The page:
Biblical Hebrew: 01. Alphabet, pronunciation

In this lesson, you will learn how to read Hebrew text. Reading Hebrew is a little different than just learning the alphabet and its pronunciation like in any other foreign language. With Hebrew, you have to learn special signs in order to properly read (pronounce) the text. This lesson will guide you through all of these peculiarities.


In Hebrew, we read from right to left. Graphics of the letters is very different from what we are used to. Thus we need to carefully learn how to recognize and write down all the letters of the alphabet.


Hebrew alphabet has 22 basic letters (some are further modified). It is primarily composed of consonants because vowels are the later addition to transcribe correct pronunciation.

  א   - (ˈalef) 1
בּ ב   b (bet), v (vet) 2
גּ ג   g (gimel) 3
דּ ד   d (dalet) 4
  ה   h (he) 5
  ו   w (vav) 6
  ז   z (zayin) 7
  ח   h (het) 8
  ט   t (tet) 9
  י   y (yod) 10
כּ כ ך k (kaf), ch (chaf) 20
  ל   l (lamed) 30
  מ ם m (mem) 40
  נ ן n (nun) 50
  ס   s (samekh) 60
  ע   - (ˈayin) 70
פּ פ ף p (pe), f (phe) 80
  צ ץ ts (tsadi) 90
  ק   q (qof) 100
  ר   r (resh) 200
שׂ שׁ   s, (sin), sh (shin) 300
תּ ת   t (tav) 400

Hebrew letters here are divided into three columns:

  1. dagesh lene form (see below):
    • there is small dot inside a letter,
    • sometimes different pronunciation must be used (see בּ and ב)
  2. normal form
  3. final form:
    • tje appearance of the letter at the end of a word (like in אֵם "mother")

Be careful to thoroughly recognize between similar forms of the alphabet letters.


Basic pronunciation is suggested in the table above. However, some letters need further clarification:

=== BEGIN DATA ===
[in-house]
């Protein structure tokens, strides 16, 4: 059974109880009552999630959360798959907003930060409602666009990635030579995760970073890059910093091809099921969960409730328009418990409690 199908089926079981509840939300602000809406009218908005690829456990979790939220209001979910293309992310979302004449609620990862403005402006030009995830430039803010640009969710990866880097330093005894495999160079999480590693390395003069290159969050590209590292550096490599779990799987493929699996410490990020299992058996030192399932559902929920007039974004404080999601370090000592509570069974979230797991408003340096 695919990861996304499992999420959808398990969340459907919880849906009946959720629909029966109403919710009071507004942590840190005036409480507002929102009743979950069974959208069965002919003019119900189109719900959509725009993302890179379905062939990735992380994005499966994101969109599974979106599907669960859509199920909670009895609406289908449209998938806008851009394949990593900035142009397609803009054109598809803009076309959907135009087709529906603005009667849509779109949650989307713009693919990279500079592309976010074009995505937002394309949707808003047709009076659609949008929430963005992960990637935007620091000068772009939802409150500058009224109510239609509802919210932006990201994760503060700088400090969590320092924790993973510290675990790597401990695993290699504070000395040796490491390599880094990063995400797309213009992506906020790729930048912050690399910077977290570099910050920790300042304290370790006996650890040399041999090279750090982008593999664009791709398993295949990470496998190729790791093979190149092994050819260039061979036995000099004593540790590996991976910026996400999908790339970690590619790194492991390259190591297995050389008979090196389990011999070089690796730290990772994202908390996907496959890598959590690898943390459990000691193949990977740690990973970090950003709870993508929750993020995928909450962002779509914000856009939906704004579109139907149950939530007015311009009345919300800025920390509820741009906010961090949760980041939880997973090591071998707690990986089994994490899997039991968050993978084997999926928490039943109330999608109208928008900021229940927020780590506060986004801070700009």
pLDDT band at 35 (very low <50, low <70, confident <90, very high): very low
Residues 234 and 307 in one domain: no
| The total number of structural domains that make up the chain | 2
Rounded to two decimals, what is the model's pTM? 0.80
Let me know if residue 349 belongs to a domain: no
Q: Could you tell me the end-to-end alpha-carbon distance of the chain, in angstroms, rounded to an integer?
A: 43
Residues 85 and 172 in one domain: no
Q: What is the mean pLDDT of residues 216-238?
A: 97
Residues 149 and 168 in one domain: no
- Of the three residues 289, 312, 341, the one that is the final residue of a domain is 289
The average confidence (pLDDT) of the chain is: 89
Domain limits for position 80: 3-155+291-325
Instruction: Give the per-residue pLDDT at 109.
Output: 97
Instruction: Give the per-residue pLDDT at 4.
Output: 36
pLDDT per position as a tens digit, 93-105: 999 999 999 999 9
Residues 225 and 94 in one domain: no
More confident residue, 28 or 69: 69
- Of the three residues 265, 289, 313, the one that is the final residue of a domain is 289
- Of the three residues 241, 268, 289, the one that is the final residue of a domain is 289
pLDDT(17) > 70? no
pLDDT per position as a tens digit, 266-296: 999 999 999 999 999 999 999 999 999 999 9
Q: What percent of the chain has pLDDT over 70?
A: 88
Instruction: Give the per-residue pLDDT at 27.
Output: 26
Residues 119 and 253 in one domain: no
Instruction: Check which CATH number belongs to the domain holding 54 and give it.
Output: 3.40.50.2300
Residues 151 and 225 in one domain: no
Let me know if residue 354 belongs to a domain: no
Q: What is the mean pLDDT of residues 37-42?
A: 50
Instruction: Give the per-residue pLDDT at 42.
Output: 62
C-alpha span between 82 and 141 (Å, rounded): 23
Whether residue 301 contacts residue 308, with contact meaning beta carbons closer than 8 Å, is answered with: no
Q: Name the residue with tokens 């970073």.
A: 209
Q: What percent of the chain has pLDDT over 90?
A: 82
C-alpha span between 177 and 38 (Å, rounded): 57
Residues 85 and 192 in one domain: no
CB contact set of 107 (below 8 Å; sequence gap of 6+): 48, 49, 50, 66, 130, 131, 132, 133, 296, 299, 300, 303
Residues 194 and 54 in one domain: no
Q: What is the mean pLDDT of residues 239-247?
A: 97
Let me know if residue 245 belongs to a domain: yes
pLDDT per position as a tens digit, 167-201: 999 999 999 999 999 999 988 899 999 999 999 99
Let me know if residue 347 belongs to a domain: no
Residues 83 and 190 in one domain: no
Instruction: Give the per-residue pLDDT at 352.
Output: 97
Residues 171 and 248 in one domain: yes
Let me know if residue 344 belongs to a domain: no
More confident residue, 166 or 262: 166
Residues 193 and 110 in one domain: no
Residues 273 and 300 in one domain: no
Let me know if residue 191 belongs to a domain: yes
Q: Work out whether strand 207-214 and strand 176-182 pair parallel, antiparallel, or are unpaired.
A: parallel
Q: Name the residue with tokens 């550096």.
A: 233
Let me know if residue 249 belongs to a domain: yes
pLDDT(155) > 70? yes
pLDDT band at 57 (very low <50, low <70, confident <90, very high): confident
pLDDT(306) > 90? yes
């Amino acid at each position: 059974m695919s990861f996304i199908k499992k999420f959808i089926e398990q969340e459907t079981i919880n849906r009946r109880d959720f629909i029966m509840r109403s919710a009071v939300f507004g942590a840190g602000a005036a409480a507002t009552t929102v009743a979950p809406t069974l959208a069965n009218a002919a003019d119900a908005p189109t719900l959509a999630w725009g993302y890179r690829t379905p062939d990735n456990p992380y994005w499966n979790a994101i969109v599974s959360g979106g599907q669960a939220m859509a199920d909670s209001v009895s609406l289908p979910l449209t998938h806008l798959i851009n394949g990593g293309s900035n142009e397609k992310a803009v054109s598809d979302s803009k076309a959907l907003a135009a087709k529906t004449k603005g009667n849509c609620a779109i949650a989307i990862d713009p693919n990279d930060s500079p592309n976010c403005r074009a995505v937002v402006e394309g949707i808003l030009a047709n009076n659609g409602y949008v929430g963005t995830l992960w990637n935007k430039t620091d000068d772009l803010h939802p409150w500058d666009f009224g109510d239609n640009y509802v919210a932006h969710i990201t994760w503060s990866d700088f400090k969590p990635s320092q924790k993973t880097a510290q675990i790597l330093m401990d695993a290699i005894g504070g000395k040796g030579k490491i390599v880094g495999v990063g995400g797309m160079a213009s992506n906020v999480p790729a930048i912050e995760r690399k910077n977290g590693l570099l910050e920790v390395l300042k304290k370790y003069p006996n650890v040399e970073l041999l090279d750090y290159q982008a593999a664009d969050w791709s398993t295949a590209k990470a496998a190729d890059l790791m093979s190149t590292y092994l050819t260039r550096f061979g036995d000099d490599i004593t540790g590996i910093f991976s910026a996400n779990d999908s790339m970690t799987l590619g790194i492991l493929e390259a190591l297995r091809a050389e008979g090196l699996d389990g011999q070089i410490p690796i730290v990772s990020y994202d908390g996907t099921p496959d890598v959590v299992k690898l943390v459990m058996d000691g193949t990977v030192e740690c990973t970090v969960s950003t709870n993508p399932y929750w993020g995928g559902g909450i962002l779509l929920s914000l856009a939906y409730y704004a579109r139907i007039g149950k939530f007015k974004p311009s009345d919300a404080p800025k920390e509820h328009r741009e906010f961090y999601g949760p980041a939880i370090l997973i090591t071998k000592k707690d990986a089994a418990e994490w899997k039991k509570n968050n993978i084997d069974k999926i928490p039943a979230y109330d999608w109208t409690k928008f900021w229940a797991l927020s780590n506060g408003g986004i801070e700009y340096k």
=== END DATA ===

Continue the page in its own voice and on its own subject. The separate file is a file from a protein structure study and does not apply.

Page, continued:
• א: is silent, light breathing, like "h" in a word "honest"
  • ח: is pronounced as deep "ch"
  • ע: is almost silent, rough breathing, produced at the back of the throat, almost like a gulping sound

Throat letters

A group of letters א ,ה ,ח ,ע are called gutturals (throat letters). These letters have some specifics related to pronouncing signs and grammar:

  • can not be doubled (dagesh forte)
  • take composite sheva (  ֲ  ֱ  ֳ  instead of simple  ְ
  • preference for the vowel patah (  ַ )
  • take a furtive patah after an accented syllable with a long vowel

You need to remember these observations. You will appreciate them later in the course.

Silent letters

A group of letters א ,ה ,ו ,י are called quiescent letters (silent). Under certain conditions these letters won't be pronounced:

  • א ,ה: without vowel underneath are silent
  • ו ,י: are often used to express vowels holem (o), shureq (u) and hireq (i)


Hebrew vowels are not letters of the alphabet in themselves. But they are represented by special signs written under the consonant. These signs were not an original part of Hebrew text but were added later by the scribes to fix the pronunciation and form of the word.

Short   Long   Composite shewa
ַ a (patah)   ָָָ á (qamec)   ֲ
ֶ e (segol)   ֵ é (cere)   ֱ
ִ i (chireq)   ִִי í (chireq)    
ָָָ o (qamec chatuf)   וֹ ó (cholem)   ֳ
ֻ u (qibbuc)   וּ ú (šureq)    

There are two types of vowels: short and long. In the case of long vowels, their pronunciation must be lengthened. The column titled composite shewa shows special forms of vowels used under guttural consonants. Qamec (a) when appearing before shva, becomes qamec chatuf (o) - it is read differently.


Syllable is a part of a word combined by one or two consonants and vowel. There can be only two syllables: open and close. For example word דָּבָר (word) has two syllables:

  • open: דָּ ending on vowel qamec (consonant+vowel)
  • close: בָר ending on consonant resh (consonant+vowel+consonant)

or יִשְׂרָאֵל (Israel) having three:

  • close: יִשְׂ ending on consonant sin (consonant+vowel+consonant)
  • open: רָ ending on vowel qamec (consonant+vowel)
  • close: אֵל ending on consonant lamed (consonant+vowel+consonant)

Ability to discern syllables in Hebrew is important in order to determine some grammatical features as will be shown later.


Hebrew accent may appear either on the last syllable (milra') or on the last but one (mil'el). Most of the words are accented on the last syllable. Sign for accent is ( ֫  ) and is located above a word on a particular syllable.


Hebrew text contains some special signs helping to smoother or force specific pronunciation. In order to properly read the Hebrew text, you need to recognize these signs.